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Robert W. Burpee, James L. Franklin, Stephen J. Lord, Robert E. Tuleya, and Sim D. Aberson

Since 1982, the Hurricane Research Division (HRD) has conducted a series of experiments with research aircraft to enhance the number of observations in the environment and the core of hurricanes threatening the United States. During these experiments, the National Oceanic and Atmospheric Administration WP-3D aircraft crews release Omega dropwindsondes (ODWs) at 15–20-min intervals along the flight track to obtain profiles of wind, temperature, and humidity between flight level and the sea surface. Data from the ODWs are transmitted back to the aircraft and then sent via satellite to the Tropical Prediction Center and the National Centers for Environmental Prediction (NCEP), where the observations become part of the operational database.

This paper tests the hypothesis that additional observations improve the objective track forecast models that provide operational guidance to the hurricane forecasters. The testing evaluates differences in forecast tracks from models run with and without the ODW data in a research mode at HRD, NCEP, and the Geophysical Fluid Dynamics Laboratory. The middle- and lower-tropospheric ODW data produce statistically significant reductions in 12–60-h mean forecast errors. The error reductions, which range from 16% to 30%, are at least as large as the accumulated improvement in operational forecasts achieved over the last 20–25 years. This breakthrough provides strong experimental evidence that more comprehensive observations in the hurricane environment and core will lead to immediate improvements in operational forecast guidance.

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Altuğ Aksoy, Sim D. Aberson, Tomislava Vukicevic, Kathryn J. Sellwood, Sylvie Lorsolo, and Xuejin Zhang

Abstract

The Hurricane Weather Research and Forecasting (HWRF) Ensemble Data Assimilation System (HEDAS) is developed to assimilate tropical cyclone inner-core observations for high-resolution vortex initialization. It is based on a serial implementation of the square root ensemble Kalman filter (EnKF). In this study, HWRF is used in an experimental configuration with horizontal grid spacing of 9 (3) km on the outer (inner) domain. HEDAS is applied to 83 cases from years 2008 to 2011. With the exception of two Hurricane Hilary (2011) cases in the eastern North Pacific basin, all cases are observed in the Atlantic basin. Observed storm intensity for these cases ranges from tropical depression to category-4 hurricane.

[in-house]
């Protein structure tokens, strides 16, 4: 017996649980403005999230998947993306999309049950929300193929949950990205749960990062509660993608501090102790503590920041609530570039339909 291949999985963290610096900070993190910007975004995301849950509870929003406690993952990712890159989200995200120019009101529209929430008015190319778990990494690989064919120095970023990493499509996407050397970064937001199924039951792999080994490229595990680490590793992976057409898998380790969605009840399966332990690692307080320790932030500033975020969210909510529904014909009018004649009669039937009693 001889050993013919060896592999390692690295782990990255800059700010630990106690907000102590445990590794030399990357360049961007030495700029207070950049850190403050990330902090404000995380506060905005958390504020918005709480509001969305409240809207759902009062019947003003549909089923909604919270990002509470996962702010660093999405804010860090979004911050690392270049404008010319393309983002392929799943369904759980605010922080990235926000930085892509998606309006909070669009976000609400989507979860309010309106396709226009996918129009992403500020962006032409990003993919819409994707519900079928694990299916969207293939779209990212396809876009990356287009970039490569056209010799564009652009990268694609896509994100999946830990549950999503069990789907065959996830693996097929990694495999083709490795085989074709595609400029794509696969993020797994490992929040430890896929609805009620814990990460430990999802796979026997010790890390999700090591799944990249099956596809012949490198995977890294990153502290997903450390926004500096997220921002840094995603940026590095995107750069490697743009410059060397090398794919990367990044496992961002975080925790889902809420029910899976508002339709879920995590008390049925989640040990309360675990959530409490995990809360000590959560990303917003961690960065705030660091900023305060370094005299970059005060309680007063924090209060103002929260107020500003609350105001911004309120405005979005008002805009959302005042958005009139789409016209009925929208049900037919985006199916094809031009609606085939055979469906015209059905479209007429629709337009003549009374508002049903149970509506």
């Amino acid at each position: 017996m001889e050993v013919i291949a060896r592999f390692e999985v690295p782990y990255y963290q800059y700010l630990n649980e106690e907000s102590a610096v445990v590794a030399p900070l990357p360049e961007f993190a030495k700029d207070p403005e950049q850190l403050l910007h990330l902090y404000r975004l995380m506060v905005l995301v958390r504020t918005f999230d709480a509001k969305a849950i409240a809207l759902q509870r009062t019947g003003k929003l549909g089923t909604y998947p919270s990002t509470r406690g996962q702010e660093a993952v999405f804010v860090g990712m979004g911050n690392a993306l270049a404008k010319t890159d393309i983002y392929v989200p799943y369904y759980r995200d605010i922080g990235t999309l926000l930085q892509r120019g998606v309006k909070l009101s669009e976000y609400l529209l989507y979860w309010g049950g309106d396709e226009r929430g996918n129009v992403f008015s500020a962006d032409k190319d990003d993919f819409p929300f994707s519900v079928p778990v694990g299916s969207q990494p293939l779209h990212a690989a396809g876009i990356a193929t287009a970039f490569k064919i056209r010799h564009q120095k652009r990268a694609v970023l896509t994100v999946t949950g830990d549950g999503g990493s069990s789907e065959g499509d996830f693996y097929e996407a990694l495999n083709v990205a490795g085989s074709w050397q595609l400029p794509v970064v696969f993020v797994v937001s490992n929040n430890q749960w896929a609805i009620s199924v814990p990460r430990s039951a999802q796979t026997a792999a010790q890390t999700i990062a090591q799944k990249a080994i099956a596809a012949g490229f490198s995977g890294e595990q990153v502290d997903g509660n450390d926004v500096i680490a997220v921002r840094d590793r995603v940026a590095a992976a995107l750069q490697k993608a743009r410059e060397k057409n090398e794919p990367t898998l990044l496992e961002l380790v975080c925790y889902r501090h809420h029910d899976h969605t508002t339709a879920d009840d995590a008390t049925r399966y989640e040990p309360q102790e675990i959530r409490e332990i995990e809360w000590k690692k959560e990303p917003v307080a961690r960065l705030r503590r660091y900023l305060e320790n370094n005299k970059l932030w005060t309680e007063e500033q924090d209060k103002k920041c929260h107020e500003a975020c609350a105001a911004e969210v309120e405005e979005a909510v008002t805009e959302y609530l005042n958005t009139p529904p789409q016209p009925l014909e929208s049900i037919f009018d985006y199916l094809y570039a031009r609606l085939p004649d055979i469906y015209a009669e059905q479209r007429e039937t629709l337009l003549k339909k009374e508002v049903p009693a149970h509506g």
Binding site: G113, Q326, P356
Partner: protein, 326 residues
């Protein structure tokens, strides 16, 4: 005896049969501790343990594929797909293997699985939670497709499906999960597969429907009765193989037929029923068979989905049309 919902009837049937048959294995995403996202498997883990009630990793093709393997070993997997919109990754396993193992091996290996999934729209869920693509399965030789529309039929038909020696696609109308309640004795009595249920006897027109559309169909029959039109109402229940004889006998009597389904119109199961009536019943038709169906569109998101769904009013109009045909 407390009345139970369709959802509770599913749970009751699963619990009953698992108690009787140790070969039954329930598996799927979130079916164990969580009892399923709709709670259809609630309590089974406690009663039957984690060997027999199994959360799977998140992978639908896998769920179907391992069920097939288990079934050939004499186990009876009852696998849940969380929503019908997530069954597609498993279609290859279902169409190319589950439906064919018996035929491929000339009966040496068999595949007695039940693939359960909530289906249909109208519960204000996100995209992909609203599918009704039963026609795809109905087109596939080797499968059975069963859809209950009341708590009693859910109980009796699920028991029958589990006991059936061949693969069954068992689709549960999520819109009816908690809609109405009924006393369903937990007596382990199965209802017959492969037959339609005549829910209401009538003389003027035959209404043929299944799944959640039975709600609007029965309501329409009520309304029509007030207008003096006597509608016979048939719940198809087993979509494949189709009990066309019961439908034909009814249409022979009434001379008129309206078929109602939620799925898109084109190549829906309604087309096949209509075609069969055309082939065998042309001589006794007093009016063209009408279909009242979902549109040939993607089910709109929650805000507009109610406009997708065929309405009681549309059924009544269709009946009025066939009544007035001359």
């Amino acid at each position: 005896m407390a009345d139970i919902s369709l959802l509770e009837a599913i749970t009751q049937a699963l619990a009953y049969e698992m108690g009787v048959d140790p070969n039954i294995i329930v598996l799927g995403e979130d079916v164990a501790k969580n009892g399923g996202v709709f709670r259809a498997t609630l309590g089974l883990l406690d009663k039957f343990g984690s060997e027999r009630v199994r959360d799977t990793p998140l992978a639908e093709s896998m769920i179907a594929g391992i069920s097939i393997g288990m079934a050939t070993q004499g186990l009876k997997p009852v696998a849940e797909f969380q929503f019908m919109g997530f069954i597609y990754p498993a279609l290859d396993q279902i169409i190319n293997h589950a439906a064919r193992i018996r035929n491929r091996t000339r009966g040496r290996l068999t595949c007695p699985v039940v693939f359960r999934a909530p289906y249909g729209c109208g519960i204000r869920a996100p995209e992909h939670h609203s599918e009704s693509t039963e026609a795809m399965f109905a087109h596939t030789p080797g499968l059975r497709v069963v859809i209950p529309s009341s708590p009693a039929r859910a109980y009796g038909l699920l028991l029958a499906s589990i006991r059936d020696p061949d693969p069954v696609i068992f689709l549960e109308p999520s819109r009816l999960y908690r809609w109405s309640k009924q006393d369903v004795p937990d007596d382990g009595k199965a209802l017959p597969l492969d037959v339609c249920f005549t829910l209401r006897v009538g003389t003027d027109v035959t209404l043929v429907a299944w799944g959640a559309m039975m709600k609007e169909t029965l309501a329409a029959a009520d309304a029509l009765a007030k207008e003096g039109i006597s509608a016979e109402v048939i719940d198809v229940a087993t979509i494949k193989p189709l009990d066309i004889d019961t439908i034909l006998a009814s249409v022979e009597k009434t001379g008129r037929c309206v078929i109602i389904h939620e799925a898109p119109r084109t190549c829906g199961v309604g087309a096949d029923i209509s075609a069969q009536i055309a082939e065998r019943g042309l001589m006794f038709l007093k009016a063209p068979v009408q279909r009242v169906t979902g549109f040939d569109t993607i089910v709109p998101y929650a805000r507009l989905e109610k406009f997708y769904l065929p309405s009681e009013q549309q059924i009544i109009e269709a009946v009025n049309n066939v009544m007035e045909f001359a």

Overall, it is found that high-resolution tropical cyclone observations, when assimilated with an advanced data assimilation technique such as the EnKF, result in analyses of the primary circulation that are realistic in terms of intensity, wavenumber-0 radial structure, as well as wavenumber-1 azimuthal structure. Representing the secondary circulation in the analyses is found to be more challenging with systematic errors in the magnitude and depth of the low-level radial inflow. This is believed to result from a model bias in the experimental HWRF caused by the overdiffusive nature of the planetary boundary layer parameterization utilized. Thermodynamic deviations from the observed structure are believed to be caused by both an imbalance between the number of the kinematic and thermodynamic observations in general and the suboptimal ensemble covariances between kinematic and thermodynamic fields. Future plans are discussed to address these challenges.